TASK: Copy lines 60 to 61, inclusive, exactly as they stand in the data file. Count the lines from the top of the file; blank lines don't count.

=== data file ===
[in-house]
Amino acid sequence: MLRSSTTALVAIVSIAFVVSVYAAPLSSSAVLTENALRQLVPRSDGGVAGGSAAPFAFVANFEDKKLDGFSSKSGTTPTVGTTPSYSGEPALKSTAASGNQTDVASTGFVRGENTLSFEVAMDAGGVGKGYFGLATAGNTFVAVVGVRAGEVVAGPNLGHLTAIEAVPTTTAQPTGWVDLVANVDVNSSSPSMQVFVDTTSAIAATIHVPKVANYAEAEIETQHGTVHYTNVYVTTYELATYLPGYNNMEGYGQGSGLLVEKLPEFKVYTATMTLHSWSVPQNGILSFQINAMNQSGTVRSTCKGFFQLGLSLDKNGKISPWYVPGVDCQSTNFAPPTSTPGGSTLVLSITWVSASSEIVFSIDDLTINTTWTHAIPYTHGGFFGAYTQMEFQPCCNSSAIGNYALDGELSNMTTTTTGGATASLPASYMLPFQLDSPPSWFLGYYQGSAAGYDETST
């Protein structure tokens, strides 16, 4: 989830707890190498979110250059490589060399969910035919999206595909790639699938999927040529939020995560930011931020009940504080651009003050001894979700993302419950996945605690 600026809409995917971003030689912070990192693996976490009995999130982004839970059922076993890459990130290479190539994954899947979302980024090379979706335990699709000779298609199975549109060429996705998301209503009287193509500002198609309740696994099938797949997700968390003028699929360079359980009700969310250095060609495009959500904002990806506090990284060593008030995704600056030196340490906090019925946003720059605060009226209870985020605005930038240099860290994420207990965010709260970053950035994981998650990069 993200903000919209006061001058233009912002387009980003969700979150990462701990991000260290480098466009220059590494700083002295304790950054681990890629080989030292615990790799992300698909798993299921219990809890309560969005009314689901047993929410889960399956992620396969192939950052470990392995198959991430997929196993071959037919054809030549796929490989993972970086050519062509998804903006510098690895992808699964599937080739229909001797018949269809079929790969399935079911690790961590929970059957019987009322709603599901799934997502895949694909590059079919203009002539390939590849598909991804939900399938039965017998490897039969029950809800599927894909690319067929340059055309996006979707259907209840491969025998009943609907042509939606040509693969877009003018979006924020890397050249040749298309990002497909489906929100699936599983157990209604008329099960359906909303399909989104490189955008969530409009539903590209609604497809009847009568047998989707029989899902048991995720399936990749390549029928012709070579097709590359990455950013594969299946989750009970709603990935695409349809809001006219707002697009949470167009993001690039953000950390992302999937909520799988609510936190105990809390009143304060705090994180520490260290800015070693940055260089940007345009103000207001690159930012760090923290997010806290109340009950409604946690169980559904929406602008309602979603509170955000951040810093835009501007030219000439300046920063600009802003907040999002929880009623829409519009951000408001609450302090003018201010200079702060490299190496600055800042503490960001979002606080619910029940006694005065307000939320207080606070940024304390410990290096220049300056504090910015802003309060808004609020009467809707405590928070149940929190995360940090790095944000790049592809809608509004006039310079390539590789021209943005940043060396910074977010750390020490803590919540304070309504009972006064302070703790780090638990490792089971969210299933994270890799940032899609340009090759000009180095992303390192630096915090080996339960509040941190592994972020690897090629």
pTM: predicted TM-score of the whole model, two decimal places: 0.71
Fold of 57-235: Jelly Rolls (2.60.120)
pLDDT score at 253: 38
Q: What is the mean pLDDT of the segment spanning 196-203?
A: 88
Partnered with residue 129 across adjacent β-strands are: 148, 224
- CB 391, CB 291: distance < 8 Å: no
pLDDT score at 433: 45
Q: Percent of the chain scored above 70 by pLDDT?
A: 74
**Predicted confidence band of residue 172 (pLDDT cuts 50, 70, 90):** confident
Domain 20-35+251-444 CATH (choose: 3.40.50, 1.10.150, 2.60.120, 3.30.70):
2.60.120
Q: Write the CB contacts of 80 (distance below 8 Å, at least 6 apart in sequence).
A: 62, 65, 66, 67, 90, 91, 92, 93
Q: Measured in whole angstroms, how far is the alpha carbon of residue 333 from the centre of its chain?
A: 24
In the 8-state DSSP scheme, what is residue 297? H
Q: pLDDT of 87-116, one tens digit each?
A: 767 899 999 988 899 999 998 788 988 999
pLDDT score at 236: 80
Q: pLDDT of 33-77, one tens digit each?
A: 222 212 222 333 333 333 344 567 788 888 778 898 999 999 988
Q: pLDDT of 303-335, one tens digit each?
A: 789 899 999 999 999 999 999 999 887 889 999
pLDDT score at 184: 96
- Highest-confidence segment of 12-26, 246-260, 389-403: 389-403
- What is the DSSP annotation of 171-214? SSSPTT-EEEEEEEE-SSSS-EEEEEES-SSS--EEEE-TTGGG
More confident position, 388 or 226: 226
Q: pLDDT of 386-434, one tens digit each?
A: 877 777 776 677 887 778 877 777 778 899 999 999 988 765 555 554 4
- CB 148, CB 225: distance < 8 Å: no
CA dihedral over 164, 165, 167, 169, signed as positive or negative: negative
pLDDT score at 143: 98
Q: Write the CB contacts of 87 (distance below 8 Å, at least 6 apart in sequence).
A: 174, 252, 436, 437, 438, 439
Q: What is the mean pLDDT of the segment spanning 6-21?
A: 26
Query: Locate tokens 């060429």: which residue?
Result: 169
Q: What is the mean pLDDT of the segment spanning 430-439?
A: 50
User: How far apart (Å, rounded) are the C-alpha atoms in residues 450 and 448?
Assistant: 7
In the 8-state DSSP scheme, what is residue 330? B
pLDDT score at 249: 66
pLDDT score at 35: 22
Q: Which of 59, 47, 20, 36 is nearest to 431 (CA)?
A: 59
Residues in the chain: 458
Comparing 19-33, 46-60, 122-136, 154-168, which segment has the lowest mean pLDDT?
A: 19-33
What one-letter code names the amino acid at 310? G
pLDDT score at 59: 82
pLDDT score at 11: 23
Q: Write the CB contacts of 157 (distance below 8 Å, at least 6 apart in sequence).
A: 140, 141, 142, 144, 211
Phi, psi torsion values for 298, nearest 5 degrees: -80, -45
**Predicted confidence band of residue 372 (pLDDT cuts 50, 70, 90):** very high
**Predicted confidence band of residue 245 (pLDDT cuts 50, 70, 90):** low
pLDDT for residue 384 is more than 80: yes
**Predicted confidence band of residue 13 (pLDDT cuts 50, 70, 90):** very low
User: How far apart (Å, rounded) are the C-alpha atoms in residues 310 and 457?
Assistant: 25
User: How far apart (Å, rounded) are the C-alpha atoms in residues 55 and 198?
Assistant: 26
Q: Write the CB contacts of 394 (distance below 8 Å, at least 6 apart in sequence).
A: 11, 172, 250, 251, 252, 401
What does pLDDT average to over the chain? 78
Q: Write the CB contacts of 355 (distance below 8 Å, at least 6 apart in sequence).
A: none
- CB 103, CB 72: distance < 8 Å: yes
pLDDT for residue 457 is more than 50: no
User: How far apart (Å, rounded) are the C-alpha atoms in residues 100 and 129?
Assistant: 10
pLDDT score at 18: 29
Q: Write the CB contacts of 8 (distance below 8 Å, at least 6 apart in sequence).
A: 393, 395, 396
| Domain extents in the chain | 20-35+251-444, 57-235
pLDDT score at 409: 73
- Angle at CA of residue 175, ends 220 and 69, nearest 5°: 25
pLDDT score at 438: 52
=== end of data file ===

A: 140, 141, 142, 144, 211
Phi, psi torsion values for 298, nearest 5 degrees: -80, -45